Narrative Skepticism: Moral Agency and Representations of Consciousness in Fiction

By Linda S. Raphael | Go to book overview

4
Ordinary and Extraordinary in Mrs. Dalloway

“The books of Henry James are in truth the bridge upon which
we cross from the classic novel which is perfect of its kind to
that other form of literature which if names have any importance
should someday be christened anew—the modern novel, the
novel of the twentieth century.”

—Virginia Woolf
Unpublished manuscript of an essay on fiction


WOOLF AND MODERNISM

NOTWITHSTANDING ITS INNOVATIVE FORM, MRS. DALLOWAY EVOKES

more real-life situations, occurrences, and figures than does The Wings of the Dove. Specifically, Woolf’s novel depicts particular places in London, takes up the matter of certain political issues and personages, focuses on the aftermath of the Great War, and represents a number of specific social issues of a wide-ranging nature. Yet, no one can ignore the original form of Mrs. Dalloway, which makes the relationship of the inner life and the representations of Woolf’s real world almost endlessly dynamic. Although there is no absolute moral reality in Wings awaiting the characters’ discovery, the matters that impinge on moral decisions are not so obviously wide-ranging as are those in Mrs. Dalloway. Contemporary critics have of course brought to bear many issues that are embedded in Jamesian narratives; however, Woolf leaves no space for a reader to ignore particular facets of British life in the 1920s in this novel. No character in Wings wonders, for example, anything close to whether she ought to know the difference between Albania and Armenia, or ought to be worried about these distant places. They tend not to examine what it means to lead a good life in terms of how the hours of their daily life are spent—a constant theme in the novel whose first draft was titled “The Hours,” suggesting the concern with how time is spent.1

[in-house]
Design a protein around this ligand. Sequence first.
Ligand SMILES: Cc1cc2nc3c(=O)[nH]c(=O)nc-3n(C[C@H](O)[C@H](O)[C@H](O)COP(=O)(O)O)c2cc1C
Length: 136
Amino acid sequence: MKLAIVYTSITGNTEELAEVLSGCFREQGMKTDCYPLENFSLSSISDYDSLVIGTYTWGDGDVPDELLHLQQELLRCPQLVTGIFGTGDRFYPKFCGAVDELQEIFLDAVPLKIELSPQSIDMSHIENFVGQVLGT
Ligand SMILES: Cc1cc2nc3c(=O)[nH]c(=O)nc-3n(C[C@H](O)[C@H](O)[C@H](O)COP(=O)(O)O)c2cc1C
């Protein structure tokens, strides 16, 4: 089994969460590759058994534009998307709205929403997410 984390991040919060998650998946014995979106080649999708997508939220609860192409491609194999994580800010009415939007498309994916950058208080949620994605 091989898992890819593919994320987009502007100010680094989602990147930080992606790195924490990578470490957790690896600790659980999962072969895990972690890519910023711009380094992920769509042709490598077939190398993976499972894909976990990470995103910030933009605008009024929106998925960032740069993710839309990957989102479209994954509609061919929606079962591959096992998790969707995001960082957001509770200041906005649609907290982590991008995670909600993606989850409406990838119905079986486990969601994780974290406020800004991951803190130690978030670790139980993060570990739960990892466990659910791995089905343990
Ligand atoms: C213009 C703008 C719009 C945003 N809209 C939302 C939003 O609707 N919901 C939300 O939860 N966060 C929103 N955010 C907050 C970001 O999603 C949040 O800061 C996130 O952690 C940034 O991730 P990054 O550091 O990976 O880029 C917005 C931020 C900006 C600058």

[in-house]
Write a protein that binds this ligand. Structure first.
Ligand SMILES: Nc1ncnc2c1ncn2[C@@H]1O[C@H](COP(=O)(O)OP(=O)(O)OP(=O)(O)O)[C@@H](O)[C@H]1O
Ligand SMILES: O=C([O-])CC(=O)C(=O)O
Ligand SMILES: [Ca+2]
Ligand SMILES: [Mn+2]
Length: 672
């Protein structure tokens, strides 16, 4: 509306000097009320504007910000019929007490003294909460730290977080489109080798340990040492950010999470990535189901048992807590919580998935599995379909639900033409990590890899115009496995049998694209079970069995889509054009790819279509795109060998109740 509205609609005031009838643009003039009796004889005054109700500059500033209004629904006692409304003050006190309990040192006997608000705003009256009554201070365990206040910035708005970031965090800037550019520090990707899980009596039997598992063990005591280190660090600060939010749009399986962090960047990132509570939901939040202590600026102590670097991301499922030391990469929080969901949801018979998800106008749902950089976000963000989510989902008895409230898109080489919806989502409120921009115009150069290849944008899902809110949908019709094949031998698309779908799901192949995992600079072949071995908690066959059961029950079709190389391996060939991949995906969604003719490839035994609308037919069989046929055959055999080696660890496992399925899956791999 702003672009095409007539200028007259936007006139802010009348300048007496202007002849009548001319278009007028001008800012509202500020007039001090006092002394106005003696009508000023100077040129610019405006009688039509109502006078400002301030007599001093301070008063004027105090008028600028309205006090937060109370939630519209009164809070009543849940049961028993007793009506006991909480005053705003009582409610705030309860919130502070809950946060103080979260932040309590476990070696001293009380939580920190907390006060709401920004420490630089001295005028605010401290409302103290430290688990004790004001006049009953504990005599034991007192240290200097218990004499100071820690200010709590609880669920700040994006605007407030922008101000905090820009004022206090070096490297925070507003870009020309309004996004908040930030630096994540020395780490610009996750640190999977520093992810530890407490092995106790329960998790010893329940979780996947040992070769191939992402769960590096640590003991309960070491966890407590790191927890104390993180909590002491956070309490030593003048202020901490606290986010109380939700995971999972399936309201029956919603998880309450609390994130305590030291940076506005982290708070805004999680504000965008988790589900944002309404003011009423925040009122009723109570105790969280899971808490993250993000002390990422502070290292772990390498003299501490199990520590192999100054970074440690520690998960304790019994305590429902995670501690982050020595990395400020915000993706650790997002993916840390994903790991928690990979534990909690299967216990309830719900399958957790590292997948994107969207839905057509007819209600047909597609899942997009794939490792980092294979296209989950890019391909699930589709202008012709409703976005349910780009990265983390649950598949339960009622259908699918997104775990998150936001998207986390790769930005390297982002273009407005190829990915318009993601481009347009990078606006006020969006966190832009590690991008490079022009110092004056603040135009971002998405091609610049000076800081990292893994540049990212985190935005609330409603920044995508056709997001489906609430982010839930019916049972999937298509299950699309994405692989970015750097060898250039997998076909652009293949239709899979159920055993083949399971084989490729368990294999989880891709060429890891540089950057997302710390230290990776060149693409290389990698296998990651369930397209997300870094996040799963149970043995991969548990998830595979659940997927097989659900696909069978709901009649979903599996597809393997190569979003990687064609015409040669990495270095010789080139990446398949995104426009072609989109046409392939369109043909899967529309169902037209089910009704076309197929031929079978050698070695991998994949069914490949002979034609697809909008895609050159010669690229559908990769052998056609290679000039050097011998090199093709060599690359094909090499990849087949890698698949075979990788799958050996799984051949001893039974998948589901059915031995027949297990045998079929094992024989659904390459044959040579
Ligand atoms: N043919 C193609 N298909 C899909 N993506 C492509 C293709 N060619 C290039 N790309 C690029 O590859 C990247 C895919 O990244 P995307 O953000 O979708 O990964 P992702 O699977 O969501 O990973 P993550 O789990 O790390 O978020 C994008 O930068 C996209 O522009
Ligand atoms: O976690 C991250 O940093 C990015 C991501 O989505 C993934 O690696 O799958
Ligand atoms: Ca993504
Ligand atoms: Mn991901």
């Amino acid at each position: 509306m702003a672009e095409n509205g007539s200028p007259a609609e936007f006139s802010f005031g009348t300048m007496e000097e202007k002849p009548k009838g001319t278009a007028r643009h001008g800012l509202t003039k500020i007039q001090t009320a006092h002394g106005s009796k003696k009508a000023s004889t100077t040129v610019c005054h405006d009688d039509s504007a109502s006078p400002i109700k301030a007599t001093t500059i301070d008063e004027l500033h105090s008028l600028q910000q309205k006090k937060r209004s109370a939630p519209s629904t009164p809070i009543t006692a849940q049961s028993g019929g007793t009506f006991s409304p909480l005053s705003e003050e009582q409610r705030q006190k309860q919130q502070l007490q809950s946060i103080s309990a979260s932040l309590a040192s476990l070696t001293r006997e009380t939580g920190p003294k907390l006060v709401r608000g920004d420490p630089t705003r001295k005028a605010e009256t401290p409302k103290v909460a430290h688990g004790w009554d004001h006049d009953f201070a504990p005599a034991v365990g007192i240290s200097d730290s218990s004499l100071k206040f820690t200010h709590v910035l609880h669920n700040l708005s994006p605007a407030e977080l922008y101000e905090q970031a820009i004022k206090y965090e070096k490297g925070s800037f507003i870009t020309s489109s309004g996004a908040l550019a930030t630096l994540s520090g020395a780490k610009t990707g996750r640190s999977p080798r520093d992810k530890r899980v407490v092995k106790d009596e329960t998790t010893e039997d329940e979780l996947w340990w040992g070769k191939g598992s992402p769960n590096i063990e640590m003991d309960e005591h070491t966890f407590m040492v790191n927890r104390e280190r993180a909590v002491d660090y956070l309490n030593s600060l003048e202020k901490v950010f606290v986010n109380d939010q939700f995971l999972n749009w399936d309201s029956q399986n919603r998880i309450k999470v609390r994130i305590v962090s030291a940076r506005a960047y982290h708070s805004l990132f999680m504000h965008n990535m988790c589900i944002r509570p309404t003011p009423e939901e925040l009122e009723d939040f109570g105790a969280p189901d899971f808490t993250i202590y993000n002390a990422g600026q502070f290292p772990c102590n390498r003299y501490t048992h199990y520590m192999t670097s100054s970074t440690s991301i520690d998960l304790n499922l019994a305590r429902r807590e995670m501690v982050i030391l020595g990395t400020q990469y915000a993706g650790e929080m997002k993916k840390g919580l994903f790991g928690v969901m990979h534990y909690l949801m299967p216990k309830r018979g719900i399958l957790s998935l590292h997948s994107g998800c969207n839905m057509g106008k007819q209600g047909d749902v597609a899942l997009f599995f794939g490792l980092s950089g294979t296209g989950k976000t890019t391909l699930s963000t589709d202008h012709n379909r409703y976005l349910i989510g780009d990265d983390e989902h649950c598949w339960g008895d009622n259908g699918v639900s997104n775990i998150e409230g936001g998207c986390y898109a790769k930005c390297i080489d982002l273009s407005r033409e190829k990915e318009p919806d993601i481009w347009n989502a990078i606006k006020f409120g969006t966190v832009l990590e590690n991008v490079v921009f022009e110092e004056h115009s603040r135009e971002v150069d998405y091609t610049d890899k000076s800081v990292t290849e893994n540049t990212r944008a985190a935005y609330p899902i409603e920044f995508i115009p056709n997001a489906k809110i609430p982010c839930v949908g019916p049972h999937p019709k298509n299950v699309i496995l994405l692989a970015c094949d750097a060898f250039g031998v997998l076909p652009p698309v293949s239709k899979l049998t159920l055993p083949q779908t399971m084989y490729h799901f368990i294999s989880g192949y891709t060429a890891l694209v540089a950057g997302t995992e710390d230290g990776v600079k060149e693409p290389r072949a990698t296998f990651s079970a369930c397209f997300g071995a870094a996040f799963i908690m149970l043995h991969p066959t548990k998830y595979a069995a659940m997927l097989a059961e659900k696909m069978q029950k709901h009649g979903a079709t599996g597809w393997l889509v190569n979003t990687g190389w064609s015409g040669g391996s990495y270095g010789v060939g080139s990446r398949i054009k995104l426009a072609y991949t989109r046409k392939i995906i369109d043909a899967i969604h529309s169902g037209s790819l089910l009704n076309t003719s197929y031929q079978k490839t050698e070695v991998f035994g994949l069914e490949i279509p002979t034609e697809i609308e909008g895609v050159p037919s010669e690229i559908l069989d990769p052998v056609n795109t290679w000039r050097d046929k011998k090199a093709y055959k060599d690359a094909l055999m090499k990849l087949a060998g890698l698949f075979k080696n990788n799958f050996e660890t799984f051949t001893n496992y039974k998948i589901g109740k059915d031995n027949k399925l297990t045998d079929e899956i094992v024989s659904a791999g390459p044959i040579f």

-126-

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